Wednesday, November 07, 2007

Speak of the Dave

Yesterday, my guest writer Sarah discussed a book of essays by critic Dave Hickey (pictured at right, a long time ago). I happen to know that another good friend of mine is also a big fan of his. And after Sarah's post went up yesterday, I found this interview with him in the brand-new issue of The Believer. It's highly entertaining, so I recommend the whole thing. But here are some of my favorite nuggets. Early on, Hickey has this exchange with novelist Sheila Heti, who conducted the interview:
DH: Art and writing come from somewhere down around the lizard brain. It's a much more peculiar activity than we like to think it is. The problems arise when we try to domesticate the practice, to pretend that it's a normal human activity and that "everybody's creative." They're not. Honestly, I never sit down to write anything without thinking, This is a weird thing to be doing! Why am I sitting here writing?

SH: So if it's the kind of thing that comes from the lizard brain and is not this gentle, political thing people do at all, then this idea of working hard, which is a very Protestant, American value... I mean, going to the studio from nine in the morning to five at night—it sometimes seems like there's such a professionalization of art-making. Is it commensurable with this activity that's—

DH: Well, let me put it like this. I think that if you don't like it and it's not easy, you shouldn't be doing it. You know what I mean?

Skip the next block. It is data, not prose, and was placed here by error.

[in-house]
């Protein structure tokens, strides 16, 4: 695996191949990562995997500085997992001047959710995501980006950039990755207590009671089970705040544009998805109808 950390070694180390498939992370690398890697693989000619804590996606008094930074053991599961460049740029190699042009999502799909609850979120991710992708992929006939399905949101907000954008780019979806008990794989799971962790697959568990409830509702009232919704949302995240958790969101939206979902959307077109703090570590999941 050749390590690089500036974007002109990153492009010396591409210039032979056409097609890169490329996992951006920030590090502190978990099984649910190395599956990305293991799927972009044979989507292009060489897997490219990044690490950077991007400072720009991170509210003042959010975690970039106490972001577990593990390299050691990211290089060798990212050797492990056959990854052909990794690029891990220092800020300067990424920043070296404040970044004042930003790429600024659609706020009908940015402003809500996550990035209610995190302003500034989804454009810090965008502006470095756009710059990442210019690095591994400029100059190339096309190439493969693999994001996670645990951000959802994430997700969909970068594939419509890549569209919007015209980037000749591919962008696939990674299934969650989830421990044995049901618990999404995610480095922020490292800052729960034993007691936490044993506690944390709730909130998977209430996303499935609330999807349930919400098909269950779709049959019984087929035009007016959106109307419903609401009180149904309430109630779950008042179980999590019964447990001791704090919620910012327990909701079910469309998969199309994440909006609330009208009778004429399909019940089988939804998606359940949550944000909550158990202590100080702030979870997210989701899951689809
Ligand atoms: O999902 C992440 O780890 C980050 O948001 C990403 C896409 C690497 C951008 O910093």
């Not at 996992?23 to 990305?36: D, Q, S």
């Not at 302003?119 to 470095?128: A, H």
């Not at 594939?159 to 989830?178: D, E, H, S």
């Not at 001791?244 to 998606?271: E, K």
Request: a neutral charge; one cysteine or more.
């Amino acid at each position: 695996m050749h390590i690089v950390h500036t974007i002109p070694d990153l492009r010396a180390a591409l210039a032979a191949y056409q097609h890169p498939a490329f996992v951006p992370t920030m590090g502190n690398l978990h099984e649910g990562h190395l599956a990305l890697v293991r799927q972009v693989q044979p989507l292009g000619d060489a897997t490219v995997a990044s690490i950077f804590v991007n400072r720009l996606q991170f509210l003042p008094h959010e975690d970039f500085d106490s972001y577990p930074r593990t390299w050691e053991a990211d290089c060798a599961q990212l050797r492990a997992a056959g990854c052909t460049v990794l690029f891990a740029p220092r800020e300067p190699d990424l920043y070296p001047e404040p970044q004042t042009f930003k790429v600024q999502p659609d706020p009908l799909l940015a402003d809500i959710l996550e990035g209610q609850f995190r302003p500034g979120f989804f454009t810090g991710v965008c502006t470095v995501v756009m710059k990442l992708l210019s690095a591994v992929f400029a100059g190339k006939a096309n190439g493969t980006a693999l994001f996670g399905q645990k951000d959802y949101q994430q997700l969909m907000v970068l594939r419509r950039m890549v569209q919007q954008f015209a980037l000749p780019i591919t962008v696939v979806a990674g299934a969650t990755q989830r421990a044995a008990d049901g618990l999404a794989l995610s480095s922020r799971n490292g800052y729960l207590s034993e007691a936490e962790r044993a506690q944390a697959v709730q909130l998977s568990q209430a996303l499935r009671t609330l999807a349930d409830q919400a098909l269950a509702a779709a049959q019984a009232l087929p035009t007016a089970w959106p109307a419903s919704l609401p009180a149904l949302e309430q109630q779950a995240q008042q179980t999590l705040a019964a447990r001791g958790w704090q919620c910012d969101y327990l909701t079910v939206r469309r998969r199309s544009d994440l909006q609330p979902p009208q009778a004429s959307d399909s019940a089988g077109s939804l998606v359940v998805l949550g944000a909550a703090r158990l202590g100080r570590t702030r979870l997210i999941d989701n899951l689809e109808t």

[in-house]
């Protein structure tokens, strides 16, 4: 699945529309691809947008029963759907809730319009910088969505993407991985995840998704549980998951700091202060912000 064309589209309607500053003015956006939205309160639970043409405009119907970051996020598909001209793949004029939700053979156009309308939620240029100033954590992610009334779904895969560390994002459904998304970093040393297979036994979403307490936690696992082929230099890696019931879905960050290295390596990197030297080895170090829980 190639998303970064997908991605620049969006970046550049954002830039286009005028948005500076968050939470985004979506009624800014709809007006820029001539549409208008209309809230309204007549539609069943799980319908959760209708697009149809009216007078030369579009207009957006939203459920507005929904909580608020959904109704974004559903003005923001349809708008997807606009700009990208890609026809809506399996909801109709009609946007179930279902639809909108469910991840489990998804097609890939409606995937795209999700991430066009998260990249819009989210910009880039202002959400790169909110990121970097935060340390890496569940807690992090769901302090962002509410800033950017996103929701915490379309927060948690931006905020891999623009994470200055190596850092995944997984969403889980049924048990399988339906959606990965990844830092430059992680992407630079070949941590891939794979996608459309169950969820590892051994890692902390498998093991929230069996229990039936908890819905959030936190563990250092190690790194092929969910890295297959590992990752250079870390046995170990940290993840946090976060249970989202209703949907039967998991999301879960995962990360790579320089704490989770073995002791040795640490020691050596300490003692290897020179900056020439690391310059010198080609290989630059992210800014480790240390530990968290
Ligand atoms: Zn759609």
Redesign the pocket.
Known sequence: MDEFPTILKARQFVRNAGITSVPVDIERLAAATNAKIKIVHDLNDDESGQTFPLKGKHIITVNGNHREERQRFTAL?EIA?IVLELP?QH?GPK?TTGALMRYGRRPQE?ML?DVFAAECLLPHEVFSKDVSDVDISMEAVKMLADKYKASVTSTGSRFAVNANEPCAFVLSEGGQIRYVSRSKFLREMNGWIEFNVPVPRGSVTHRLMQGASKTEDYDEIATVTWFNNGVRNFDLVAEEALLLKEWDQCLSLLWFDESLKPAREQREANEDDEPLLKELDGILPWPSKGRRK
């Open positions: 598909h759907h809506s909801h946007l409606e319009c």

SH: If it's not easy you shouldn't be doing it?

DH: I mean it's work, but it's not labor. You have professional obligations like any adult, but it's fun to solve problems. It's fun to sit there by yourself with no one telling you what to do. It's fun to nuance things that no one will notice except in their lizard brains. I enjoy doing it, and it's easy for me, but there are a lot of people out there who are working too hard at it. [Big laugh]
Then there's this description of critic as goalkeeper that I like:
SH: OK, so what are the supposed art magazines interested in hearing about, if not about art?

DH: They want touting. In twenty years we’ve gone from a totally academicized art world to a totally commercialized art world, and in neither case is criticism a function. We’re all supposed to be positive about art. Nobody plays defense! I mean, my job, to a certain extent, is to be in the net. My job is to mow stuff down.
And lastly:
SH: Do you think humor's a very important element of art?

DH: It would be if anybody could take a joke! Alec Waugh proposes "seriousness" as a form of infectious stupidity. I agree.


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